Wed. Sep 23rd, 2020


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Scottish Independence polls: Could Scotland QUIT the UK? Latest polls

4 min read

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The indyref campaign in 2014 was a bitter and hugely divisive affair, with communities and families split on whether to break the centuries-old union. The final vote seemed decisive at the time, with 55 percent voting against independence and 45 percent voting in favour. But despite the last vote being fresh in collective political memory, renewed calls for another pop at independence are garnering significant attention, after polls show the majority of Scots want a break from the union.

The Prime Minister has received nothing short of a frosty reception from the Scottish Government following his arrival in Edinburgh earlier today.

Nicola Sturgeon has argued that the Prime Minister’s visit strengthens the case for Scotland leaving the union, and unfortunately for the Prime Minister, the numbers back her up.

She tweeted this morning: “I welcome the PM to Scotland today. One of the key arguments for independence is the ability of Scotland to take our own decisions, rather than having our future decided by politicians we didn’t vote for, taking us down a path we haven’t chosen. His presence highlights that.”

Ian Blackford, SNP’s Westminster leader, also suggested Mr Johnson’s trip would backfire, telling the Today programme: “The days of telling Scotland that we are either too wee, too poor or too stupid really are over.”

There is little doubt that tensions between the Scottish and English powers have grown considerably in recent years, exacerbated by Brexit and further fuelled recently by coronavirus.


  • ‘Don’t challenge Scotland!’ Sturgeon’s stark warning to PM exposed

Now, the polls are demonstrating quite a different picture from the one painted by the Scottish Independence referendum in 2014.

Poll guru Sir John Curtice believes that for the first time in Scottish history, the ‘Yes’ side is the favourite to win should Scotland host a second independence referendum.

Panelbase studies published in June and July found 54 per cent of Scots now back a Yes vote, a five-point surge since March.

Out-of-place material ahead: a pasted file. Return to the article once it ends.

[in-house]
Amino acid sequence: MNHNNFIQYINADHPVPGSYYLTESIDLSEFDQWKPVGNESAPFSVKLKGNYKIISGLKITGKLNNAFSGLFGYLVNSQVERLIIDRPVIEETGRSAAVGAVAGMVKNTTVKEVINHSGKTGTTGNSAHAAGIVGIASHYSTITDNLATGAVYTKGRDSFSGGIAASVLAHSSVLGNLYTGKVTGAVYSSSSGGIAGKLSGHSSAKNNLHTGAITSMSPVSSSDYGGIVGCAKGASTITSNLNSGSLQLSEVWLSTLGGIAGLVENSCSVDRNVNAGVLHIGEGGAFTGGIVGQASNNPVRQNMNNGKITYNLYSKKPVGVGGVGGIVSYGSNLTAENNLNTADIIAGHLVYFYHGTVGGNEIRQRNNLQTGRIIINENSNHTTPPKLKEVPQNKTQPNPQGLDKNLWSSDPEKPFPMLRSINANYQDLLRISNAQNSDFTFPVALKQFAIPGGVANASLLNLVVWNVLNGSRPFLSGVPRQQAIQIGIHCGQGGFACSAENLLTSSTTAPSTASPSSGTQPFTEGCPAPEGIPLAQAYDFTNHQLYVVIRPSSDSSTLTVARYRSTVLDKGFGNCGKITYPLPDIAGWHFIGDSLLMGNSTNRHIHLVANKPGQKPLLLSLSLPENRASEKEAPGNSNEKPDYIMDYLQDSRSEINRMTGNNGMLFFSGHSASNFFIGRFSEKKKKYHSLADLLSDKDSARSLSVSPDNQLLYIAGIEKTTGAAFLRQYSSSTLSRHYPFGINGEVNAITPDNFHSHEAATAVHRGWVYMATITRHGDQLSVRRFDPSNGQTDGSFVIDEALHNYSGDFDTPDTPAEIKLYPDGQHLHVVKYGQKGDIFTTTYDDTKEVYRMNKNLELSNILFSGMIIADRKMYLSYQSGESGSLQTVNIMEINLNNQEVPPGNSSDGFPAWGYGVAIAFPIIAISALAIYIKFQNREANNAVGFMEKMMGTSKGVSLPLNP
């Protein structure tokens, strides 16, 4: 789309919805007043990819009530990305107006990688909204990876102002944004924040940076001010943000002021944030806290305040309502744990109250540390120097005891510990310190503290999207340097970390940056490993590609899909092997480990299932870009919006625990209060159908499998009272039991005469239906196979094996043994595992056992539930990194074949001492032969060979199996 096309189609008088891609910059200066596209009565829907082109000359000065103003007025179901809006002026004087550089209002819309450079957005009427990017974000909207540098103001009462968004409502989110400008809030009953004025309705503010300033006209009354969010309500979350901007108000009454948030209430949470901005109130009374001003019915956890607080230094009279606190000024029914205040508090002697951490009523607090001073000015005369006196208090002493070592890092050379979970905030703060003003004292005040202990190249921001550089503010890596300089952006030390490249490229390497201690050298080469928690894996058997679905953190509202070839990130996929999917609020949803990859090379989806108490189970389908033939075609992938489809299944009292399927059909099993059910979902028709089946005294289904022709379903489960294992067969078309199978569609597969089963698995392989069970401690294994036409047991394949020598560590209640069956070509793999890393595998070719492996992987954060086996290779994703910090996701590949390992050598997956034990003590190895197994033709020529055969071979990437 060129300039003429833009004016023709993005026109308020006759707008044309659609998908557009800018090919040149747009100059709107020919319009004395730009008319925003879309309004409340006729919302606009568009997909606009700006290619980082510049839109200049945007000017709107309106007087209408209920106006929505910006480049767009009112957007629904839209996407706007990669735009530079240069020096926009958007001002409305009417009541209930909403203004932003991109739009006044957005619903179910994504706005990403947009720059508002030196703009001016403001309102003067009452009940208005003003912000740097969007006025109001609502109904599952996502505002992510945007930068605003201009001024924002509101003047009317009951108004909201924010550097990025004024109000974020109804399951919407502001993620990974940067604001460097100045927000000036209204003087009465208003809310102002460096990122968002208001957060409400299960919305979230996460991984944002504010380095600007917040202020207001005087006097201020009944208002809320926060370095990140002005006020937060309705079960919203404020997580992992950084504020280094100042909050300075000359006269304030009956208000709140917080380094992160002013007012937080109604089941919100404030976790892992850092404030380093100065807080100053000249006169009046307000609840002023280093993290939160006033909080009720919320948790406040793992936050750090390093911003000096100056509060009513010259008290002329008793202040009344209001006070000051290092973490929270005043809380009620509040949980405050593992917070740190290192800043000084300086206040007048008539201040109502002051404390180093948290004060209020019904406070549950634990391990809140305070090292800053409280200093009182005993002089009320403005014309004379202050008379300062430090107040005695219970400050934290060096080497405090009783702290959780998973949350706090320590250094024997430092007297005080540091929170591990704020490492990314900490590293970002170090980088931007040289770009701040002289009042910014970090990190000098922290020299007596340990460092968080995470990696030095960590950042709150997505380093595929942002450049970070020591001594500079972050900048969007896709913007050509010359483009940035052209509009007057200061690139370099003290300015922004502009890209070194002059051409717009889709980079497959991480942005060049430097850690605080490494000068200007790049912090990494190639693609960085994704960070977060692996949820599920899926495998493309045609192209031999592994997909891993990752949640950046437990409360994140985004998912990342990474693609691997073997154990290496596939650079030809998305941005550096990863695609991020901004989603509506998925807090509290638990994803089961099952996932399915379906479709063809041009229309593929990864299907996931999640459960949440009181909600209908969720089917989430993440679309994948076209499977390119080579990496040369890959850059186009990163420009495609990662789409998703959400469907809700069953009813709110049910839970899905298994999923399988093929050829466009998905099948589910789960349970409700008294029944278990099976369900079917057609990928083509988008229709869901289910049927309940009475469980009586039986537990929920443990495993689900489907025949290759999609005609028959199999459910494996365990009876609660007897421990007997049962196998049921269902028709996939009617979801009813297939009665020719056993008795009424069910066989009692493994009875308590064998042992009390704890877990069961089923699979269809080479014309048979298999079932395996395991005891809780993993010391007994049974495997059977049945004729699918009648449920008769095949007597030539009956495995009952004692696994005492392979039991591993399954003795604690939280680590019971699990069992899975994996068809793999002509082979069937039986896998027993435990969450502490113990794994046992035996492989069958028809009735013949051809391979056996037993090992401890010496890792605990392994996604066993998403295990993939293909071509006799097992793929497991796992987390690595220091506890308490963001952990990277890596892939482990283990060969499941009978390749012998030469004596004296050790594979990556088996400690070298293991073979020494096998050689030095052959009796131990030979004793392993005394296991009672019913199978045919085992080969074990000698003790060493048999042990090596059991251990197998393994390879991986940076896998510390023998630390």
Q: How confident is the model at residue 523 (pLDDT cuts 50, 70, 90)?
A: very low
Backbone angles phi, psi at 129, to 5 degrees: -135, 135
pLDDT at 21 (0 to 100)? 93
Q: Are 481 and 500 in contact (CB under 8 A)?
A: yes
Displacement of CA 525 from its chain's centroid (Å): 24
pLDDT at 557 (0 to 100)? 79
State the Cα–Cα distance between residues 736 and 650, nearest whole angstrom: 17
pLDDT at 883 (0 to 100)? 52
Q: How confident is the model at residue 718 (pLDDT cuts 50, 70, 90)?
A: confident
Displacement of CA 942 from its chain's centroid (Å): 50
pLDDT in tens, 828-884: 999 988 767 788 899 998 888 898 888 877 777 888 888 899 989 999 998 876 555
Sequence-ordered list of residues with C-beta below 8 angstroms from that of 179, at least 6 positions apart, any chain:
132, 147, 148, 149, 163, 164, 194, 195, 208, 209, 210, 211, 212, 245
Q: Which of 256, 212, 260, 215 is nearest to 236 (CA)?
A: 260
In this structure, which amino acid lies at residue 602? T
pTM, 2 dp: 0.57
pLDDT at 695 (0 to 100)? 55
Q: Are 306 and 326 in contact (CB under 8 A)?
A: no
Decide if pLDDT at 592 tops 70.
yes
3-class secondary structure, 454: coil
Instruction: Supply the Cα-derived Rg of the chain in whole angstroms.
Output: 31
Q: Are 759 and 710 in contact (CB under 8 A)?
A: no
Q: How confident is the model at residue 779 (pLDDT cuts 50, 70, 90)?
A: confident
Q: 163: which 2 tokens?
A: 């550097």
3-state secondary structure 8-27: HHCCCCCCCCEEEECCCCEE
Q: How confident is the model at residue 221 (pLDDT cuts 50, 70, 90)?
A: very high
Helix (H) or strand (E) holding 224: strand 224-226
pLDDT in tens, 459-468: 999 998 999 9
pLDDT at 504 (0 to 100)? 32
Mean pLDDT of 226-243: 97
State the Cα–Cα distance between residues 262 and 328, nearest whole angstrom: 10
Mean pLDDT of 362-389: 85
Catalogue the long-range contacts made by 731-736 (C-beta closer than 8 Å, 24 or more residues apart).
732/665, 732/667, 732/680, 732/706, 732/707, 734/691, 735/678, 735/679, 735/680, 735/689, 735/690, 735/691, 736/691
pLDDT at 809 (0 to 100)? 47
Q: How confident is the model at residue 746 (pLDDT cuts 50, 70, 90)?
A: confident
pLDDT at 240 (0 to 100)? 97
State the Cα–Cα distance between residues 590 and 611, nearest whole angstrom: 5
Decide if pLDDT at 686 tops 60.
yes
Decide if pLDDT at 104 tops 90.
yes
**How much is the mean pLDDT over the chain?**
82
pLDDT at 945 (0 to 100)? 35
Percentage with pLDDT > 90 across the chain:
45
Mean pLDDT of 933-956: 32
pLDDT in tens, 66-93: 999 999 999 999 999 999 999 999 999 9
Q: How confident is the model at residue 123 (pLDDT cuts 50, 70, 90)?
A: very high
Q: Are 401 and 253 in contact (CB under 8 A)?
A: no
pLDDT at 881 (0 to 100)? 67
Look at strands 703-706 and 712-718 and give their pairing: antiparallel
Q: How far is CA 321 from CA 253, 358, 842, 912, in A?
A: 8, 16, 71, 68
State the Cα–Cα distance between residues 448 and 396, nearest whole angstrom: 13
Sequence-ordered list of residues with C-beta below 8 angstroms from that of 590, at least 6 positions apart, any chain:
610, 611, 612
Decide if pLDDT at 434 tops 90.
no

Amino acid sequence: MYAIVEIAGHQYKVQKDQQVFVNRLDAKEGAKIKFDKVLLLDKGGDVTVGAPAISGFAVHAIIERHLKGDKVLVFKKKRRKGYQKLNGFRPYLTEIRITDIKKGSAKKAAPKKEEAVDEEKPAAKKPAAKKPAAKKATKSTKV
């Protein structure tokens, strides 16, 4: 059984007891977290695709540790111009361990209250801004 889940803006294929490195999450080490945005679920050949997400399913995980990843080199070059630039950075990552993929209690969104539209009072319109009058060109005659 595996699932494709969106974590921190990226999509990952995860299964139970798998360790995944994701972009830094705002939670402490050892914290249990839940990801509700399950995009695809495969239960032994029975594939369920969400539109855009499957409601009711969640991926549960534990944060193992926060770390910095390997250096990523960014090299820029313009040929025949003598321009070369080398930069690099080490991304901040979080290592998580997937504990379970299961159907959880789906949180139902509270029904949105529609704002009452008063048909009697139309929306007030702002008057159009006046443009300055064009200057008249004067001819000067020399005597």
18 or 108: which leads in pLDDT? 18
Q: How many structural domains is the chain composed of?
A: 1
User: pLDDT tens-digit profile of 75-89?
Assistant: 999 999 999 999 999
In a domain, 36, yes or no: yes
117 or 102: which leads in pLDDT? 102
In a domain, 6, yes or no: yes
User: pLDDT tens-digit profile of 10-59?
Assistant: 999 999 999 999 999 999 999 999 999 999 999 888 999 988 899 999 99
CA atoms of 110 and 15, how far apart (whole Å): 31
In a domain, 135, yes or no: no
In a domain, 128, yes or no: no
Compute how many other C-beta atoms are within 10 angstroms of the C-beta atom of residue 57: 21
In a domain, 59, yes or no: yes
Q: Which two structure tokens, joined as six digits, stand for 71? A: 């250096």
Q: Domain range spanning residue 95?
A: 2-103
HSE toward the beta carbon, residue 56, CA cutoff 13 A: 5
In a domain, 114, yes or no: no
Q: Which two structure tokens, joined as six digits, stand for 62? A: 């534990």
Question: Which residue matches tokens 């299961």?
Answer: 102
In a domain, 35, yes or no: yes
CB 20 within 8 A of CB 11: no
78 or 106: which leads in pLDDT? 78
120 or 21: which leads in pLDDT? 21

Following a series of recent surveys around the prospect of another independence referendum, support for the movement is at an all-time high, and the First Minister is also taking a commanding lead for the SNP into next year’s Holyrood elections.

“One has to say,” Sir John concluded, “this is the longest period of time over which we’ve had support for Yes averaging ahead of support for No.”

Will there be another Scottish Independence referendum?

Nicola Sturgeon and her party do not miss a trick when it comes to pushing the case for another shot at independence.

The case is pushed at every available turn by Ms Sturgeon, even when the pressing matters of coronavirus, severe economic downturn and job losses are unlikely to go away.

The requirement to expend so much political energy on the cause despite the immediate concerns of citizens and politicians alike does seem to be working.

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  • ‘Don’t challenge Scotland!’ Sturgeon’s stark warning to PM exposed

Boris Johnson’s Government’s coronavirus response has not received the ‘world-beating’ reception many of its ministers keep repeating it has: plagued by inaction at the start, complacency, delays in lockdown and getting PPE equipment to hospitals, confusing messages, breaches of lockdown by Government ministers and advisers, poor roll-out of test-and-tracing and now conflicting advice on where and when facemasks must be worn.

Wherever you sit in the independence debate, it’s difficult to ignore the fact that Mr Johnson’s behaviour in recent months has swiftly strengthened Ms Sturgeon’s hand.

But a second referendum is down to Westminister’s official approval – something which Ms Sturgeon has filed for numerous times.

In March 2017, the day before Article 50 was triggered, Sturgeon formally requested the consent of Westminster to hold another referendum.

But the former Prime Minister Theresa May declined, arguing that “now is not the time”.

The First Minister renewed calls for a second vote in April 2019, announcing a new process for deciding Scotland’s constitutional future.

Mr Johnson’s refusal to hear a case for separation, this approval will be very difficult to get any time soon.

Labour also ruled out any prospect of another referendum in their 2019 manifesto.

Under the Scotland Act 1998, the Scottish Parliament is not allowed to pass legislation relating to matters “reserved” to Westminster, including “the Union of the Kingdoms of Scotland and England”.

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